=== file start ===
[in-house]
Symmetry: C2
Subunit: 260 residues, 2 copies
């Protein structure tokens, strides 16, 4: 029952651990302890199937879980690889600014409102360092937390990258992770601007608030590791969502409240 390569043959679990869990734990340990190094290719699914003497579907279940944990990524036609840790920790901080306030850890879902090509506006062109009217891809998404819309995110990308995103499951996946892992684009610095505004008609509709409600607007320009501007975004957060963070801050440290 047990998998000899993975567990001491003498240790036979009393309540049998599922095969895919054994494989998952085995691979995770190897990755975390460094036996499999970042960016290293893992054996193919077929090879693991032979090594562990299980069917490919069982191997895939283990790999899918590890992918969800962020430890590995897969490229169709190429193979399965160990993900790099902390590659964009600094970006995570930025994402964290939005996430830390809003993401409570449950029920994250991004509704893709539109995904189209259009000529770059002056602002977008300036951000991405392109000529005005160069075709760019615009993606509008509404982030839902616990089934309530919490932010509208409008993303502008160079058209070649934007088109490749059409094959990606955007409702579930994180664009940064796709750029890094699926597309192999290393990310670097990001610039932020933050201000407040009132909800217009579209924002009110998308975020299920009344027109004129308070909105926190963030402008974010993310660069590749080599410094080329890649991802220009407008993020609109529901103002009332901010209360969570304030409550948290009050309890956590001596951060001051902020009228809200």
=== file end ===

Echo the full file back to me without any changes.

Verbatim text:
[in-house]
Symmetry: C2
Subunit: 260 residues, 2 copies
């Protein structure tokens, strides 16, 4: 029952651990302890199937879980690889600014409102360092937390990258992770601007608030590791969502409240 390569043959679990869990734990340990190094290719699914003497579907279940944990990524036609840790920790901080306030850890879902090509506006062109009217891809998404819309995110990308995103499951996946892992684009610095505004008609509709409600607007320009501007975004957060963070801050440290 047990998998000899993975567990001491003498240790036979009393309540049998599922095969895919054994494989998952085995691979995770190897990755975390460094036996499999970042960016290293893992054996193919077929090879693991032979090594562990299980069917490919069982191997895939283990790999899918590890992918969800962020430890590995897969490229169709190429193979399965160990993900790099902390590659964009600094970006995570930025994402964290939005996430830390809003993401409570449950029920994250991004509704893709539109995904189209259009000529770059002056602002977008300036951000991405392109000529005005160069075709760019615009993606509008509404982030839902616990089934309530919490932010509208409008993303502008160079058209070649934007088109490749059409094959990606955007409702579930994180664009940064796709750029890094699926597309192999290393990310670097990001610039932020933050201000407040009132909800217009579209924002009110998308975020299920009344027109004129308070909105926190963030402008974010993310660069590749080599410094080329890649991802220009407008993020609109529901103002009332901010209360969570304030409550948290009050309890956590001596951060001051902020009228809200």